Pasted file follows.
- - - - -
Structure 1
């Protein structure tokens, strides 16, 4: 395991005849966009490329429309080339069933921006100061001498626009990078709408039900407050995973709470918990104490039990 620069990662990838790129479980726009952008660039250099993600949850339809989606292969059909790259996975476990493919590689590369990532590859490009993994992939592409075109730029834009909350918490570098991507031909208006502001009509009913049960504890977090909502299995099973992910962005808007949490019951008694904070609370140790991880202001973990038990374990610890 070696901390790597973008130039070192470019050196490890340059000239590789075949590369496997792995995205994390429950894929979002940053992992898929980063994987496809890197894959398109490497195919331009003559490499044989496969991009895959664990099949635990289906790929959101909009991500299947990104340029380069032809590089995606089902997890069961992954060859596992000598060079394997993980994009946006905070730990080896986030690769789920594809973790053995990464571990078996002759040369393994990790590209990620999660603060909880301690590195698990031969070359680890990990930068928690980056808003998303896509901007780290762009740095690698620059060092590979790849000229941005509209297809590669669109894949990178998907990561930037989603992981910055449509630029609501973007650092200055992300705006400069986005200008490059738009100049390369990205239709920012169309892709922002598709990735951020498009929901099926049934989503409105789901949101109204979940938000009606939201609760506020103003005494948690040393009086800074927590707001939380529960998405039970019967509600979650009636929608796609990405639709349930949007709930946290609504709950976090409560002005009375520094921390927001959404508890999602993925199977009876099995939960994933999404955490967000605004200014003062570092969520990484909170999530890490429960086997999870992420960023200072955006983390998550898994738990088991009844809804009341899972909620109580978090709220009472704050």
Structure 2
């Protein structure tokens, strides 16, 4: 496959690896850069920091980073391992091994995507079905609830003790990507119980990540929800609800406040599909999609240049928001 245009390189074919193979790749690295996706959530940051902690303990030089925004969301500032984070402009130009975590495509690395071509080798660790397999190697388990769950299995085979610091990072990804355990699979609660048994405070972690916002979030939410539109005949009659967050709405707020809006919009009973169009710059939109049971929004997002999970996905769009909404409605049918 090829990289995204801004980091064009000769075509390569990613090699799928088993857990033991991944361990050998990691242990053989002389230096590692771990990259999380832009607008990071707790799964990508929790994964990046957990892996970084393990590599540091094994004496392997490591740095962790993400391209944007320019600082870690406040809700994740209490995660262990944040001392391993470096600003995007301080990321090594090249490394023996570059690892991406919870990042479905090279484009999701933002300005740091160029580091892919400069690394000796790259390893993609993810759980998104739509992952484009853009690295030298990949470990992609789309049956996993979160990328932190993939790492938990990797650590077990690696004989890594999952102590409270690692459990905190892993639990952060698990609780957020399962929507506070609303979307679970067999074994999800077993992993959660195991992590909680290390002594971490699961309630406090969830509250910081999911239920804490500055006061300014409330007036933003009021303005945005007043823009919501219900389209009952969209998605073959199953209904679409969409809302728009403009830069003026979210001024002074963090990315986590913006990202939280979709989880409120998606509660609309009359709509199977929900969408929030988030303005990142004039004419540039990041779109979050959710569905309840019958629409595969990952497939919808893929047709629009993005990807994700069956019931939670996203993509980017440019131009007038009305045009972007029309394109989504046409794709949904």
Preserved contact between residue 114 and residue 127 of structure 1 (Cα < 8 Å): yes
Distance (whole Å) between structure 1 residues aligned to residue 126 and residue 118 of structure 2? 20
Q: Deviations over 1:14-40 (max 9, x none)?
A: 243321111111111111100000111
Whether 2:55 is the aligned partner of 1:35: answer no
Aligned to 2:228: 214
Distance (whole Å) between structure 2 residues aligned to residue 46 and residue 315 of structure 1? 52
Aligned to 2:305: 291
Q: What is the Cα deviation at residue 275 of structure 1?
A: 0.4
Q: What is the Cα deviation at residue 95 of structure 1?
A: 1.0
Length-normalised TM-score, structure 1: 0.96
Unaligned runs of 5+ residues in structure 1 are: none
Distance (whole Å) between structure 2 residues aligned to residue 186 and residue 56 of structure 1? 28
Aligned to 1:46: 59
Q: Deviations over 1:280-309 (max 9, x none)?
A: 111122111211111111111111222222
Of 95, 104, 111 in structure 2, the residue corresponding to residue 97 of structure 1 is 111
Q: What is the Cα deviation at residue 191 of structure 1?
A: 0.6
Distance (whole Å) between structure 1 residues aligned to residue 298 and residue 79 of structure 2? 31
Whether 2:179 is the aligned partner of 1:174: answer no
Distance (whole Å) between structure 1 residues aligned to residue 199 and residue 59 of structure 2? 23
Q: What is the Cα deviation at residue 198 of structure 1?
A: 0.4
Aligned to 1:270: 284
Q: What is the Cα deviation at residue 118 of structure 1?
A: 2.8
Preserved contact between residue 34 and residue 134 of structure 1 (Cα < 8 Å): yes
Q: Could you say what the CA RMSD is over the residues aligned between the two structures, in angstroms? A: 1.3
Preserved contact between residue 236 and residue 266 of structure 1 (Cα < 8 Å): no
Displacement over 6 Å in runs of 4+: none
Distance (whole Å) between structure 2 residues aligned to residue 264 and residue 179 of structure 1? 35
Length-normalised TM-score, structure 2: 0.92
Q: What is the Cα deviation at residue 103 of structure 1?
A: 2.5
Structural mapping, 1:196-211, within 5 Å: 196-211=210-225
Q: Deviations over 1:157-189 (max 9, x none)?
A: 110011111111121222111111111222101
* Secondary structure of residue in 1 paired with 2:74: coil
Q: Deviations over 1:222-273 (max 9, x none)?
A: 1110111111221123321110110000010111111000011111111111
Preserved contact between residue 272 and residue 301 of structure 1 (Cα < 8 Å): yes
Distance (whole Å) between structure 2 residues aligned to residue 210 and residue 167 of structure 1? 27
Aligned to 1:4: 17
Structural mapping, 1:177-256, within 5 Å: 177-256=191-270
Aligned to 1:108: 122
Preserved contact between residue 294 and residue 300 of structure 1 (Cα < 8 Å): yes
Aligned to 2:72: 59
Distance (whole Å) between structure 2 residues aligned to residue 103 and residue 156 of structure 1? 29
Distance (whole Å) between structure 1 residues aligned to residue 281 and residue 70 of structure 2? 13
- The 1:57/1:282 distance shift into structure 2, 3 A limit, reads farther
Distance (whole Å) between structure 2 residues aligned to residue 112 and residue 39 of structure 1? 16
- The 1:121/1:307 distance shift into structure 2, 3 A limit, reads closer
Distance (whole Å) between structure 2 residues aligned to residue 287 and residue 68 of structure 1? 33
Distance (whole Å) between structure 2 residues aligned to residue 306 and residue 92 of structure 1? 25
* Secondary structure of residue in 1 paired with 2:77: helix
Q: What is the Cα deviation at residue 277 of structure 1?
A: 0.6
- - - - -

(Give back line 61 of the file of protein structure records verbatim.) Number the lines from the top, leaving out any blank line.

Distance (whole Å) between structure 2 residues aligned to residue 306 and residue 92 of structure 1? 25